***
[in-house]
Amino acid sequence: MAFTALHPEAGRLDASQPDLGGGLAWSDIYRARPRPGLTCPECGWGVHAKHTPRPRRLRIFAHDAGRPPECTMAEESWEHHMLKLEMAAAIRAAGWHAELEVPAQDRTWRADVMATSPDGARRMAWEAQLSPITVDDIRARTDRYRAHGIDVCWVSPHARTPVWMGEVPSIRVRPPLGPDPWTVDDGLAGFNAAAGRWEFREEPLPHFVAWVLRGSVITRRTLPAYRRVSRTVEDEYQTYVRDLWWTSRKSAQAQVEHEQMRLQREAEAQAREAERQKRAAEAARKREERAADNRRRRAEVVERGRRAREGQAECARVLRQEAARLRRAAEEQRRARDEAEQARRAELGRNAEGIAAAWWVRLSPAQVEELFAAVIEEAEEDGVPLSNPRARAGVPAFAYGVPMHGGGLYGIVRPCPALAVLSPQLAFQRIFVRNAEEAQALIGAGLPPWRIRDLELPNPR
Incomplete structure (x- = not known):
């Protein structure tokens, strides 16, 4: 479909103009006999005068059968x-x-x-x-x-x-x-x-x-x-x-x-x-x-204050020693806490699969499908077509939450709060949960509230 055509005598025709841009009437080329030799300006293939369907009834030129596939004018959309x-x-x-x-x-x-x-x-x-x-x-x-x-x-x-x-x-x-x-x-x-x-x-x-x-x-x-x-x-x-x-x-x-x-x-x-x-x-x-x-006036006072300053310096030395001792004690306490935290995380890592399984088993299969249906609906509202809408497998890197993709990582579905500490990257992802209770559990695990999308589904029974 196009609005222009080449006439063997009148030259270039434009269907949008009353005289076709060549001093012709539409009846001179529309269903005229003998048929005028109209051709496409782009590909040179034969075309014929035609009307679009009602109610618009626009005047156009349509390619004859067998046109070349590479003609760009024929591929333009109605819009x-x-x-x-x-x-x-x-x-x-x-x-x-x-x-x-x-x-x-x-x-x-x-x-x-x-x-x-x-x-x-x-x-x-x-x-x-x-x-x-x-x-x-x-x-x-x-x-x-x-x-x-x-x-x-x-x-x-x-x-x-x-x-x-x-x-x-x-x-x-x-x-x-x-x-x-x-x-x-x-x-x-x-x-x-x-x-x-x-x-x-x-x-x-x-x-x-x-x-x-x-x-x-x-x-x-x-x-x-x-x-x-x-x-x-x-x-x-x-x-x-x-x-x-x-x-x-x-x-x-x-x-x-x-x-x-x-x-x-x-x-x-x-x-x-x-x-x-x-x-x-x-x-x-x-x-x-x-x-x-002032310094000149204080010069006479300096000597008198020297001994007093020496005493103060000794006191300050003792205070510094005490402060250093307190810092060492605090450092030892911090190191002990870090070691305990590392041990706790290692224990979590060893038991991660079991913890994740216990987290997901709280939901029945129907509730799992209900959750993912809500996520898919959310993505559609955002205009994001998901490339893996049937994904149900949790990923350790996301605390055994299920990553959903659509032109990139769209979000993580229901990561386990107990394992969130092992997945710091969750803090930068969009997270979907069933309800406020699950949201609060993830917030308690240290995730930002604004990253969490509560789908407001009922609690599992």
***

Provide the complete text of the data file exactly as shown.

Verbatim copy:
[in-house]
Amino acid sequence: MAFTALHPEAGRLDASQPDLGGGLAWSDIYRARPRPGLTCPECGWGVHAKHTPRPRRLRIFAHDAGRPPECTMAEESWEHHMLKLEMAAAIRAAGWHAELEVPAQDRTWRADVMATSPDGARRMAWEAQLSPITVDDIRARTDRYRAHGIDVCWVSPHARTPVWMGEVPSIRVRPPLGPDPWTVDDGLAGFNAAAGRWEFREEPLPHFVAWVLRGSVITRRTLPAYRRVSRTVEDEYQTYVRDLWWTSRKSAQAQVEHEQMRLQREAEAQAREAERQKRAAEAARKREERAADNRRRRAEVVERGRRAREGQAECARVLRQEAARLRRAAEEQRRARDEAEQARRAELGRNAEGIAAAWWVRLSPAQVEELFAAVIEEAEEDGVPLSNPRARAGVPAFAYGVPMHGGGLYGIVRPCPALAVLSPQLAFQRIFVRNAEEAQALIGAGLPPWRIRDLELPNPR
Incomplete structure (x- = not known):
């Protein structure tokens, strides 16, 4: 479909103009006999005068059968x-x-x-x-x-x-x-x-x-x-x-x-x-x-204050020693806490699969499908077509939450709060949960509230 055509005598025709841009009437080329030799300006293939369907009834030129596939004018959309x-x-x-x-x-x-x-x-x-x-x-x-x-x-x-x-x-x-x-x-x-x-x-x-x-x-x-x-x-x-x-x-x-x-x-x-x-x-x-x-006036006072300053310096030395001792004690306490935290995380890592399984088993299969249906609906509202809408497998890197993709990582579905500490990257992802209770559990695990999308589904029974 196009609005222009080449006439063997009148030259270039434009269907949008009353005289076709060549001093012709539409009846001179529309269903005229003998048929005028109209051709496409782009590909040179034969075309014929035609009307679009009602109610618009626009005047156009349509390619004859067998046109070349590479003609760009024929591929333009109605819009x-x-x-x-x-x-x-x-x-x-x-x-x-x-x-x-x-x-x-x-x-x-x-x-x-x-x-x-x-x-x-x-x-x-x-x-x-x-x-x-x-x-x-x-x-x-x-x-x-x-x-x-x-x-x-x-x-x-x-x-x-x-x-x-x-x-x-x-x-x-x-x-x-x-x-x-x-x-x-x-x-x-x-x-x-x-x-x-x-x-x-x-x-x-x-x-x-x-x-x-x-x-x-x-x-x-x-x-x-x-x-x-x-x-x-x-x-x-x-x-x-x-x-x-x-x-x-x-x-x-x-x-x-x-x-x-x-x-x-x-x-x-x-x-x-x-x-x-x-x-x-x-x-x-x-x-x-x-x-x-002032310094000149204080010069006479300096000597008198020297001994007093020496005493103060000794006191300050003792205070510094005490402060250093307190810092060492605090450092030892911090190191002990870090070691305990590392041990706790290692224990979590060893038991991660079991913890994740216990987290997901709280939901029945129907509730799992209900959750993912809500996520898919959310993505559609955002205009994001998901490339893996049937994904149900949790990923350790996301605390055994299920990553959903659509032109990139769209979000993580229901990561386990107990394992969130092992997945710091969750803090930068969009997270979907069933309800406020699950949201609060993830917030308690240290995730930002604004990253969490509560789908407001009922609690599992």